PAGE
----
By Leroy Lawson
The Best American Spiritual Writing 2007, ed. Philip Zaleski (Boston, New York: Houghton Mifflin, 2007).
The title raises several questions, doesn’t it? What exactly is “spiritual” writing? How do you decide what’s the best? And who is qualified to say?
Philip Zaleski’s anthology doesn’t answer. The literary range is wide: essays, poetry, meditations, biographies. The sources are varied: Buddhism, Christianity, atheism, New Age, Islam, and to be determined. The quality is, as you would expect, uneven.
But the reader who perseveres to the end will be rewarded, for there, in the penultimate selection, is Garry Wills objecting to one of our favorite pastimes, asking “What Would Jesus Do?” That’s not the proper question, he insists, because we can’t know exactly. We do know what he did, and that’s disturbing enough, because most of what he did runs counter to what we want to do.
“The only way we can directly imitate him is to act as if we were gods ourselves—yet that is the very thing he forbids. He tells us to act as the last, not the first, as the least, not the greatest. . . . The thing we have to realize is that Christ, whoever or whatever he was, was certainly not a Christian.”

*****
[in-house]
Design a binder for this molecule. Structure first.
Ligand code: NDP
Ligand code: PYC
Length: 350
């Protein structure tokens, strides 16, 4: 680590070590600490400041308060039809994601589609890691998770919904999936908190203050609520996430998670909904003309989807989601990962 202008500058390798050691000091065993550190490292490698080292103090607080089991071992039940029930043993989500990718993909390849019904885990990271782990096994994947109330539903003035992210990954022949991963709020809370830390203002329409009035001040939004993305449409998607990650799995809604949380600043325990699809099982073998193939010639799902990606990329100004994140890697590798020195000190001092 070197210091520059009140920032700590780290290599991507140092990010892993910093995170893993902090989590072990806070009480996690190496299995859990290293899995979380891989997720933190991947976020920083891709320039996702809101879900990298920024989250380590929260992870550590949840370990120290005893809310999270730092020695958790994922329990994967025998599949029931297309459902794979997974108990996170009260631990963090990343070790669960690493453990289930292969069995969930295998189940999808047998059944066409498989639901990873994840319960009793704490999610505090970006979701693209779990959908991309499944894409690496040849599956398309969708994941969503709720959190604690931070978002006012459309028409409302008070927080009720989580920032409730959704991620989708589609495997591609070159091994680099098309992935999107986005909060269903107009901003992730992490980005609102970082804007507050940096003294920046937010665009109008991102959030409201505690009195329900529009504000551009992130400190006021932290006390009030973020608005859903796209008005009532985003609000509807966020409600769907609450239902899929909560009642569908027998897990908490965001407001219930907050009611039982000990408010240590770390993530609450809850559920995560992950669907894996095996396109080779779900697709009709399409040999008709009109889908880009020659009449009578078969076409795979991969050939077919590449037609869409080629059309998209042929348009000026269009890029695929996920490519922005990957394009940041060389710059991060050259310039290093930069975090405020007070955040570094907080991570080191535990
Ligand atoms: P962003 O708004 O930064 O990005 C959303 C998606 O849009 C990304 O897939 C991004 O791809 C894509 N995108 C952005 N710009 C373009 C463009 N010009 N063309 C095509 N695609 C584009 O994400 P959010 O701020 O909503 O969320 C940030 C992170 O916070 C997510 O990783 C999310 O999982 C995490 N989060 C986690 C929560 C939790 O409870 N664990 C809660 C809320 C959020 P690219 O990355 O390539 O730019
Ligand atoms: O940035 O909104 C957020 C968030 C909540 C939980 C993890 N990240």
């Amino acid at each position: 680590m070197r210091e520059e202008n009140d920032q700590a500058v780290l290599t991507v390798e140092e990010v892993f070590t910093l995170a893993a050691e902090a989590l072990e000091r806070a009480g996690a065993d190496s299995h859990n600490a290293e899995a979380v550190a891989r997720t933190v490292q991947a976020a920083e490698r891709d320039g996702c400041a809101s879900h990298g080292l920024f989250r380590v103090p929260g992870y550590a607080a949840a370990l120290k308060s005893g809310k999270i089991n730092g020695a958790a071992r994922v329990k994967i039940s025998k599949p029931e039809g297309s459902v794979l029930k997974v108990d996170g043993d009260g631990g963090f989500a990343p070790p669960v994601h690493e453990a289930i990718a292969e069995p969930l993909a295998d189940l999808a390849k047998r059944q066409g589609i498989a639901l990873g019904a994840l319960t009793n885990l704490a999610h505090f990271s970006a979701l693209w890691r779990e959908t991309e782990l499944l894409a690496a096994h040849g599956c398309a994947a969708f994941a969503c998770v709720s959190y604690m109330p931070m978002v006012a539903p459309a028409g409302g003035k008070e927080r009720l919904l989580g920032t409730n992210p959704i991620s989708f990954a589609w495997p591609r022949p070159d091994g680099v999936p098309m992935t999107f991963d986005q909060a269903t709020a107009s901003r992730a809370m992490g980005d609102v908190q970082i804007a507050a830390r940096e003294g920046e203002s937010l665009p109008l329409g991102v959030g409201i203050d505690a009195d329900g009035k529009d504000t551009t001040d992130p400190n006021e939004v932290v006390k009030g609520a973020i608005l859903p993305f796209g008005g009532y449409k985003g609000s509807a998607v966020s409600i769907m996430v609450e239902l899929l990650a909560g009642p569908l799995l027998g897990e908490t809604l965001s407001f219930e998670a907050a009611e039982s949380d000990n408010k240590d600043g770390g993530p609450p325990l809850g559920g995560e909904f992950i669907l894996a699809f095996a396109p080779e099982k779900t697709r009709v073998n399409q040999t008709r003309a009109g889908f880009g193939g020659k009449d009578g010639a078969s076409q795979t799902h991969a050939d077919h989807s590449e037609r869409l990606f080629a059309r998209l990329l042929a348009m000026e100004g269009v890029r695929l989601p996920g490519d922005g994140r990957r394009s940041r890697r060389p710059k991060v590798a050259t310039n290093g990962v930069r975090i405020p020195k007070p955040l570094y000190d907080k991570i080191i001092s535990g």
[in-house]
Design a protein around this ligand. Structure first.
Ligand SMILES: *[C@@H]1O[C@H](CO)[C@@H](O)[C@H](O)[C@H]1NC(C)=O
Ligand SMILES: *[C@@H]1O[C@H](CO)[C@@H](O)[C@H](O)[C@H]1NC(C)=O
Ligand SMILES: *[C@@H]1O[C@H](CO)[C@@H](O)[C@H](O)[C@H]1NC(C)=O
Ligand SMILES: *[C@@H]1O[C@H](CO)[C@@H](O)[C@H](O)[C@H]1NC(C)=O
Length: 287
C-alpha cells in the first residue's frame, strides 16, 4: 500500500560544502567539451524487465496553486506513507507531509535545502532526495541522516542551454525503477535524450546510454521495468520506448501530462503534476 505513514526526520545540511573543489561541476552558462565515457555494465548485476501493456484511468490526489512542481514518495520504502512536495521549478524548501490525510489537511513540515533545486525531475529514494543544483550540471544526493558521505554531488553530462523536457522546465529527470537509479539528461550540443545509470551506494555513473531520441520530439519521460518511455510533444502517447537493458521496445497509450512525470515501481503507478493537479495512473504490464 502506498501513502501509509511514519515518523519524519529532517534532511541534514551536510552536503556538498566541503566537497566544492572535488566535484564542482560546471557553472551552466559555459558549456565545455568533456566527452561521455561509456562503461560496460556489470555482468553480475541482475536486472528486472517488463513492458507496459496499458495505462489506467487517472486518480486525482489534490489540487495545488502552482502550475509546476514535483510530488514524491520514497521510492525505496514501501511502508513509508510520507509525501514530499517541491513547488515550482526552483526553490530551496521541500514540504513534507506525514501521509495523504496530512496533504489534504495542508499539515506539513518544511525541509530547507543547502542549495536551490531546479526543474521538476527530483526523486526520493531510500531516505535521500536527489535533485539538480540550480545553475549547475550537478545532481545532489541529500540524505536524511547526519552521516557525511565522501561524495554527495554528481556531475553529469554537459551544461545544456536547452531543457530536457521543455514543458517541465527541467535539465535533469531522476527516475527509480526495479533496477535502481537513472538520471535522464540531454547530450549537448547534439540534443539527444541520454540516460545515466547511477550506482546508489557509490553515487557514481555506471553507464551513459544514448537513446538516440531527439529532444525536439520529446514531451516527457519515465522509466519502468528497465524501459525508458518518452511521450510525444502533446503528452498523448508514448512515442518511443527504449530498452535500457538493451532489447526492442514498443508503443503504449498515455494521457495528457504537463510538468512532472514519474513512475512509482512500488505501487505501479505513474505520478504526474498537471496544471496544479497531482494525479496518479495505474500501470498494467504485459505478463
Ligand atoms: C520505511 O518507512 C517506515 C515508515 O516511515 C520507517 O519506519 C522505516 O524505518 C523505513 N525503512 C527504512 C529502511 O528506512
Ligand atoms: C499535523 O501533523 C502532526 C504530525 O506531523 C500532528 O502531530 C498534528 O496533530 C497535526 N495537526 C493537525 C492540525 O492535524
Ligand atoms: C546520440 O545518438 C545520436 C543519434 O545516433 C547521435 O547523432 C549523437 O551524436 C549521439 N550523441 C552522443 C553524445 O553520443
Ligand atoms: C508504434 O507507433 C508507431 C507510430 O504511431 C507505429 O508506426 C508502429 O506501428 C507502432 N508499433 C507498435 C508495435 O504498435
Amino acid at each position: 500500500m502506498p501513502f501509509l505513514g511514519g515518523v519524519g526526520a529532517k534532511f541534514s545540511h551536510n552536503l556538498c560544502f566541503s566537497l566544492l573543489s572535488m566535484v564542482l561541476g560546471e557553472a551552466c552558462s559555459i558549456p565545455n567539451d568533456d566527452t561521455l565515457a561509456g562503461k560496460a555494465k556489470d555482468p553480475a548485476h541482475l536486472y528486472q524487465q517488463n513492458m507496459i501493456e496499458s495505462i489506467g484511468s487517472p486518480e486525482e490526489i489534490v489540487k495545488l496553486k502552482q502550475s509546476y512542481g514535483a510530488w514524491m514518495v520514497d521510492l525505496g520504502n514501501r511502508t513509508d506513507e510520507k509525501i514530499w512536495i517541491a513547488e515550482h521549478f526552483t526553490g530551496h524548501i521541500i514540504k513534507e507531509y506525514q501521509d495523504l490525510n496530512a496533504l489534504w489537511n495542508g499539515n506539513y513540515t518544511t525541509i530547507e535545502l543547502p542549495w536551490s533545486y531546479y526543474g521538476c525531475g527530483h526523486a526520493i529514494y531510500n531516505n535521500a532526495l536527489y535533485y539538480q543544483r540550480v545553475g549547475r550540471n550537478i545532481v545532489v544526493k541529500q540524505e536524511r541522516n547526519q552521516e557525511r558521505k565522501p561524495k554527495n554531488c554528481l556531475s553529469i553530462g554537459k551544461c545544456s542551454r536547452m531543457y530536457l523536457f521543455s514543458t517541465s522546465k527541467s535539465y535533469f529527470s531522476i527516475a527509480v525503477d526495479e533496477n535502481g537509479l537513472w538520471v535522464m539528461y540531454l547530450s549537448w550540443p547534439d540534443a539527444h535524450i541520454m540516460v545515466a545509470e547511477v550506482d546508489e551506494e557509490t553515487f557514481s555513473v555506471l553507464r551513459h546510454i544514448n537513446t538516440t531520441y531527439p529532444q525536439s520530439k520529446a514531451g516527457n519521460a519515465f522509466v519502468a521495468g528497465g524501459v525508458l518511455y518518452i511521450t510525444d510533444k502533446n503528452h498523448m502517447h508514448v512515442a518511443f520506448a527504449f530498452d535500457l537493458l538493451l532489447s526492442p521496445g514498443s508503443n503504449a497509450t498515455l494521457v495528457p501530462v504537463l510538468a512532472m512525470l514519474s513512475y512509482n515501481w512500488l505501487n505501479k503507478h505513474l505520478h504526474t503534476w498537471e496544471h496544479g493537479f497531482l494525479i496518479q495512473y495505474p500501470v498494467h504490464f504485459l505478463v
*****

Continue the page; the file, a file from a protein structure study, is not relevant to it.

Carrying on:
That’s worth pondering, don’t you think?
So is the poet Patrick Madden’s probing of the relationship between the spirit and laughter, a therapeutic scolding for us scowling Christians.
So is Harvey Cox’s introduction. He invites the reader to read carefully for what is offered “as a series of examples of spiritual discipline.” Yet he advises not to “take either our writing or our spiritual disciplines too seriously. We can distort and even smother them if we become too self-conscious about them. Like dancing or swimming or riding a bike, both are at their best when they become habitual.”
My favorites include Fred Bahnson’s adventure “Climbing the Sphinx.” The once-avid mountain climber confronted death more than once and lost his best climbing buddy, who was only 30 years old when he fell 1,500 feet to his death.
It was enough. He doesn’t climb now. He has a wife and child and church community, and his life, as he says, is no longer his own.
“Still, I wonder this: when I was climbing in flow, when my ego was gone, when I found my body moving in sync with gravity, weather, rock, and ice, were not my climbs small acts of worship, one creature’s hymn of praise to his Creator, to a God unknown?” If you have ever been awed by the majesty of the wilds, you can sing with him, can’t you?